What will be the Din if someone steals an ox belonging to Hekdesh and Shechts or sells it?
Bava Metzi'a, 57b: He is Patur, because Arba'ah va'Chamishah includes Kefel (double) for stealing, and,as we will see in 22:3, property belonging to Hekdesh is not subject to Kefel. Consequently, it is not subject to Arba'ah va'Chamishah either
Why the difference between someone who steals an ox and slaughters or sells it, and someone who steals a Seh (a lamb or a kid-goat)?
Rashi #1 (citing R. Yochanan ben Zakai) and Targum Yonasan: Because, whereas an ox walks on its own, a Seh needs to be carried (causing an embarrassment to the one who carries it on his shoulders); so, Hashem, who sympathizes with His creatures, reduced the Ganav's fine from five times its value to four. 1
Rashi #2 (citing R. Meir), Rashbam and Targum Yonasan: Hashem increased the fine from four times to five, because someone who steals an ox deprives the owner of work. 2
Why does the Torah repeat "Tachas ha'Shor" and "Tachas ha'Seh"?
What are the implications of "Arba'ah" and "Chamishah"?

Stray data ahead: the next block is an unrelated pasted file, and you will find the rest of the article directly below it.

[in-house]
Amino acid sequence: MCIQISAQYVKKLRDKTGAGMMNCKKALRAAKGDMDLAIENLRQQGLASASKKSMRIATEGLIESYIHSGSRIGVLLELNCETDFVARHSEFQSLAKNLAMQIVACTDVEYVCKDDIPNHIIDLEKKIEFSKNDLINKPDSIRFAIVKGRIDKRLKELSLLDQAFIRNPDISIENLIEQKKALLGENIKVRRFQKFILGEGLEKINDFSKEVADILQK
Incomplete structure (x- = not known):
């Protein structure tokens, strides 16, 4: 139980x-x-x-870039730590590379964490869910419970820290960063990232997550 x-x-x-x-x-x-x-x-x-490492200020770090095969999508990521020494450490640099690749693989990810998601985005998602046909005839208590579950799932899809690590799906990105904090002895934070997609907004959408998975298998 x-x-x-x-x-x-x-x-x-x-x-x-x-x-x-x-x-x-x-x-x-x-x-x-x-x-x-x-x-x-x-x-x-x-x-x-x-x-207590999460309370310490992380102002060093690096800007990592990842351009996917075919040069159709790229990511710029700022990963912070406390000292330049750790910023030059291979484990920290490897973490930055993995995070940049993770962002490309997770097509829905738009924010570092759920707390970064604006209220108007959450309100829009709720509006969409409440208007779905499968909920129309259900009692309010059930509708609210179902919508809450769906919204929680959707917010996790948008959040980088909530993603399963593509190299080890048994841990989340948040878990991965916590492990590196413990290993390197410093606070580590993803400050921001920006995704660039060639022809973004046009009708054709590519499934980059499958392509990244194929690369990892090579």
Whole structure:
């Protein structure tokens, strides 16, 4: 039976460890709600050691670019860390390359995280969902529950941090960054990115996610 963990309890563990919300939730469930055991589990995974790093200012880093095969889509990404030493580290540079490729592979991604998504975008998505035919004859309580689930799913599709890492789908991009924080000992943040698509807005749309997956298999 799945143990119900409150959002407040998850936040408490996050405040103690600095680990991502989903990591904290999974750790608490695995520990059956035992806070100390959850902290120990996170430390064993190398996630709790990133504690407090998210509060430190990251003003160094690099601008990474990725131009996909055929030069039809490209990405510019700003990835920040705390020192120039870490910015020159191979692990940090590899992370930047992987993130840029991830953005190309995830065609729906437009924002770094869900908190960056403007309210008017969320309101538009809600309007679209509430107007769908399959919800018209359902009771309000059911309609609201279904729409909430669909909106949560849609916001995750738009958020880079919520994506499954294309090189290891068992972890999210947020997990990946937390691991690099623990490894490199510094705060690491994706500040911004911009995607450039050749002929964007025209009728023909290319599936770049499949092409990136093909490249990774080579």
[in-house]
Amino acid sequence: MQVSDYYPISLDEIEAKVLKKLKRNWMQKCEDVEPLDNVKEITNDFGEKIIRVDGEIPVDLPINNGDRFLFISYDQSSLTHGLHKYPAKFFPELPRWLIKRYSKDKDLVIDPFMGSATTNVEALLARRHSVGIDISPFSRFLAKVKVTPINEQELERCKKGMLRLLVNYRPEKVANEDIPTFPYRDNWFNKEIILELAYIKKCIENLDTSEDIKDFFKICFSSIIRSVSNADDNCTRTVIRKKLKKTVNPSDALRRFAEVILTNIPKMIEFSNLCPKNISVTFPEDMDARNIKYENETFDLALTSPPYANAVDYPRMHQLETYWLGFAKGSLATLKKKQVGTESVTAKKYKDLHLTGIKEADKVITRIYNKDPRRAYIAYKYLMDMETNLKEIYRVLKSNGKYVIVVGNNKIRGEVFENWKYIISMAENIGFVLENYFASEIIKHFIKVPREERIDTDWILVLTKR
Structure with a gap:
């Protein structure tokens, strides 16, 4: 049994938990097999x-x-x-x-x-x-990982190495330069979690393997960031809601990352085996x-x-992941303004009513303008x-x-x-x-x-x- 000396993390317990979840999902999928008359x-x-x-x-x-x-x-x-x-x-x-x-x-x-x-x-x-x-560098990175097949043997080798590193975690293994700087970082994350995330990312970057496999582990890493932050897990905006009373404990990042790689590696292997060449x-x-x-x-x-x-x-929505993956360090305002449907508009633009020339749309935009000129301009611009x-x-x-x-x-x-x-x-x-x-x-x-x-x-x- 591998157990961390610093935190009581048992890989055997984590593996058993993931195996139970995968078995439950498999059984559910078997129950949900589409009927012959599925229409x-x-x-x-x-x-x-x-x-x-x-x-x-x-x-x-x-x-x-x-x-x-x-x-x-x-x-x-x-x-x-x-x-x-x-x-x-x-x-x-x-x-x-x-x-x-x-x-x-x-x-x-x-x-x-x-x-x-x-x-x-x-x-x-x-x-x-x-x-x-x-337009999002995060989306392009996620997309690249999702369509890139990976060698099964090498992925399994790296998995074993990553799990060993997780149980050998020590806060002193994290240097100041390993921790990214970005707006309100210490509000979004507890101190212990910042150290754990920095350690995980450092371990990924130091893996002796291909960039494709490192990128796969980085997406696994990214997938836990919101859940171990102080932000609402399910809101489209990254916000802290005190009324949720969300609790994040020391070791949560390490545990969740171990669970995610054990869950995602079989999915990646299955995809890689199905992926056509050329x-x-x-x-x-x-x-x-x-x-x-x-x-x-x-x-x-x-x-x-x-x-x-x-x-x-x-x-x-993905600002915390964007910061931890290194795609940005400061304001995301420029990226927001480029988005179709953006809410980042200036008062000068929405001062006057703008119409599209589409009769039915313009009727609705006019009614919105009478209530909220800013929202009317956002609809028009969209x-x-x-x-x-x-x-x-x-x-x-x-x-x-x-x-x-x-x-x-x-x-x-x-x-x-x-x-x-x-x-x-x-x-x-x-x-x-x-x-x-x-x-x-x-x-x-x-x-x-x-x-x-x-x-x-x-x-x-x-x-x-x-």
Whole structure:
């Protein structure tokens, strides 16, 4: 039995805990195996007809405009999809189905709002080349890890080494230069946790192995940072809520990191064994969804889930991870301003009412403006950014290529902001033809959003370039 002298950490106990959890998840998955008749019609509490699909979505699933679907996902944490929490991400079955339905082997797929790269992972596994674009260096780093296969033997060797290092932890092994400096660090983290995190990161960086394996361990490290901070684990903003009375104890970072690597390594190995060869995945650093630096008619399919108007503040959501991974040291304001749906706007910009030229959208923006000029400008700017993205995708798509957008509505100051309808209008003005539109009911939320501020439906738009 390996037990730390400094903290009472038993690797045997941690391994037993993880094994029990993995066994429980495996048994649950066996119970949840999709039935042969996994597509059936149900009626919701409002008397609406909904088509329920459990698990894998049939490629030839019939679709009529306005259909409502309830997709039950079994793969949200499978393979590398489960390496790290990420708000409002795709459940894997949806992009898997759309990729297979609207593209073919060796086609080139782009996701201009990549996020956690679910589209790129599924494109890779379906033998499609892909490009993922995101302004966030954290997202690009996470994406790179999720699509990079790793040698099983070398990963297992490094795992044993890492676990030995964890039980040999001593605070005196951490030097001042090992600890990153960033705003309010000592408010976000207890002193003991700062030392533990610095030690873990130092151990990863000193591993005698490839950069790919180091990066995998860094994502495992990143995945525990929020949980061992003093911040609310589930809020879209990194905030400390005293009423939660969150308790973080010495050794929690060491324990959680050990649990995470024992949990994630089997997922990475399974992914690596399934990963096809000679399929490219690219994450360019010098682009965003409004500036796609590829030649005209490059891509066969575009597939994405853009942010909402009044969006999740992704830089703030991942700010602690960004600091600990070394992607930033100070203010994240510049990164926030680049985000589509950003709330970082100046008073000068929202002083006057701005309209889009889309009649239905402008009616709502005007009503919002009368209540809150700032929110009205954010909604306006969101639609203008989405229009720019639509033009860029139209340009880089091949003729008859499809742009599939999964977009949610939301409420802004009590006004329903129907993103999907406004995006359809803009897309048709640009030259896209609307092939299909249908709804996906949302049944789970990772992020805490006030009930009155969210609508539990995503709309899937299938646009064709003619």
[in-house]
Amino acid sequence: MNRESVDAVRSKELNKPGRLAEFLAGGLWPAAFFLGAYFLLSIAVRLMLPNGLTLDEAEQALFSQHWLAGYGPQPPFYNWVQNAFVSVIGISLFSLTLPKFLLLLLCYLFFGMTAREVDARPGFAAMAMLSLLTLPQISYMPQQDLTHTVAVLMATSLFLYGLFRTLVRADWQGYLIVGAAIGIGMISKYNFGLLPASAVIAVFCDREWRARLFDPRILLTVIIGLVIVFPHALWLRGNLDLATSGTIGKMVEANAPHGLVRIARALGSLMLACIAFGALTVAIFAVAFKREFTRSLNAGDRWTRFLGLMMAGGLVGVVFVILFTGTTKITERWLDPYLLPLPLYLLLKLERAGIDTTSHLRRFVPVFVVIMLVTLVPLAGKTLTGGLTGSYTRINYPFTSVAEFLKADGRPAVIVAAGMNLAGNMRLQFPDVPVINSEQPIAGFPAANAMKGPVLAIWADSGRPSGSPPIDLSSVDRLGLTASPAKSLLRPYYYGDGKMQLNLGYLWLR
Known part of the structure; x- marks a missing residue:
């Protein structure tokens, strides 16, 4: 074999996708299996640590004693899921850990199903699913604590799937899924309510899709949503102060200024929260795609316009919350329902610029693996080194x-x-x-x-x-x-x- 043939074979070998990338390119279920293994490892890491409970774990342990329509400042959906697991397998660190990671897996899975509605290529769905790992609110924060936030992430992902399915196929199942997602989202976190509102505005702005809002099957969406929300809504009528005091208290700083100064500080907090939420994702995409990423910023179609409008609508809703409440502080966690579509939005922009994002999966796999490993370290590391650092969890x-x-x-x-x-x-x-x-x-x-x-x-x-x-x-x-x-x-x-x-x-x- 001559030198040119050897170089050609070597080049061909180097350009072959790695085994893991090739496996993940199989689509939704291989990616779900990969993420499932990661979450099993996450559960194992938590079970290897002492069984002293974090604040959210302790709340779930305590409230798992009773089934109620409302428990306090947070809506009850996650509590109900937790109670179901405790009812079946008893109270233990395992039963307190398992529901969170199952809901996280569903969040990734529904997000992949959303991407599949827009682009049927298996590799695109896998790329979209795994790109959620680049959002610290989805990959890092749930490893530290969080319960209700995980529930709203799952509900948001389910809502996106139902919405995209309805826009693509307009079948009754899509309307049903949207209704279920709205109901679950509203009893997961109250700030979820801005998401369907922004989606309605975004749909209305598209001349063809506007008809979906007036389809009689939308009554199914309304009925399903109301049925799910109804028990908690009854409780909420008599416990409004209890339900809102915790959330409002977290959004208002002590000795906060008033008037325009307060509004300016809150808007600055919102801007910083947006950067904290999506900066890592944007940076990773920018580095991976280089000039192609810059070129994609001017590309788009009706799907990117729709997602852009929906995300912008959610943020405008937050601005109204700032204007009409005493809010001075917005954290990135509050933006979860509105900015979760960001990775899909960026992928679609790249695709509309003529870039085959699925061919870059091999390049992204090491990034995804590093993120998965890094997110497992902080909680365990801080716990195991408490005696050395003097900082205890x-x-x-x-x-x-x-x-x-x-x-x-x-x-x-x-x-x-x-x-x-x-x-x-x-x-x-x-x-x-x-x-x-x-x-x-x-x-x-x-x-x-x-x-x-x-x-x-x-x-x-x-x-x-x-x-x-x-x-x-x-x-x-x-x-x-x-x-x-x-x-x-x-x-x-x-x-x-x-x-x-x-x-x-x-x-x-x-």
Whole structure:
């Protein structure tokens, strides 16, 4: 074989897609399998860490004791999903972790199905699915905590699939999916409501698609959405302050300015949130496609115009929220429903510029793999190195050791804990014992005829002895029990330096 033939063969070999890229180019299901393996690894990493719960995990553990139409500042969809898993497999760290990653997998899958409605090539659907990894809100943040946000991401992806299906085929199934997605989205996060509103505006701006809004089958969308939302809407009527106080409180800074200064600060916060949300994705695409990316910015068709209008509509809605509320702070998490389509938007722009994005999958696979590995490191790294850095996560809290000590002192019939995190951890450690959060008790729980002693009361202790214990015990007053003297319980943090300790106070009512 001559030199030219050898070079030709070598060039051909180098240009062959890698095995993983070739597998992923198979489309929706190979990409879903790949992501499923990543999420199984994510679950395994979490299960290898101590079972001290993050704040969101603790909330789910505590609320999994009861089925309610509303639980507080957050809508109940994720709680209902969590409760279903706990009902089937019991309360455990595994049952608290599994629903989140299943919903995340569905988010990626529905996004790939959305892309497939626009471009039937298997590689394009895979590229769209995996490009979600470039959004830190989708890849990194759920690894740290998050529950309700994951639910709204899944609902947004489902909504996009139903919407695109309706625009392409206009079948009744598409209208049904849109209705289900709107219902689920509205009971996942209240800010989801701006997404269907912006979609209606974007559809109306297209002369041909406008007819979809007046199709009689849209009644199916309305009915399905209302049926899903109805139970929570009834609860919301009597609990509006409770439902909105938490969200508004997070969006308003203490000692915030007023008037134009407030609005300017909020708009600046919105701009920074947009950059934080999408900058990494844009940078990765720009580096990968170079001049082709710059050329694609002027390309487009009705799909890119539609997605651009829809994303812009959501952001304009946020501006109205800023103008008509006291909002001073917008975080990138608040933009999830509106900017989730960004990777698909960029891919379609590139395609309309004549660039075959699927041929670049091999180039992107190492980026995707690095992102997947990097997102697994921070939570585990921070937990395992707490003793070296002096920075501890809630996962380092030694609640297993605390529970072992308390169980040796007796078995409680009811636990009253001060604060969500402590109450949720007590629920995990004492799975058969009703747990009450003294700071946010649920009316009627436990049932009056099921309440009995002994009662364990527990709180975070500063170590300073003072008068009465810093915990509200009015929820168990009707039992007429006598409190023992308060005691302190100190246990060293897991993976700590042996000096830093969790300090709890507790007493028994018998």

Mechilta: Both "Arba'ah" and "Chamishah" include the one that he stole. 1
See Torah Temimah, note 306.
What are the implicatons of "Tachas ha'Shor" and "Tachas ha'Seh"?
Bava Kama, 67b: It implies that the four or five animals that he pays as K'nas must be of the same the stole
Why does a Ganav (covert thief) pay more than he stole, but a Gazlan (an open robber) does not?
Rosh: A Ganav deceived Hashem and people, through stealing covertly. A Gazlan did his act openly.
Rashi (citing R. Yochanan ben Zakai) writes that the fine for a Seh is smaller, for Hashem is concerned for people's honor; the Ganav had to carry it on his shoulder. In Bava Kama (11b) we say that a small animal is acquired through Meshichah, for it is not normal to carry it! How can the Gemara argue with R. Yochanan ben Zakai?
Perhaps we rule like R. Meir, who argues with R. Yochanan ben Zakai (refer to 21:37:1:2). (PF)
It is normal to lead a Seh, but it goes slowly. A thief fears being caught, and carries it, to speed his escape. He would carry also an ox, if he could; a Stam thief is not strong enough! (PF)
QUESTIONS ON RASHI
Rashi writes that the fine for a Seh is smaller, because Hashem is concerned for people's honor; the thief had to carry it on his shoulder. When he found a Seh to steal, was he happy, or did he feel shame for carrying it?!
Lev Eliyahu (p. 189): The Torah knows what is in one's mind. He feels somewhat bad about this, therefore his punishment is reduced.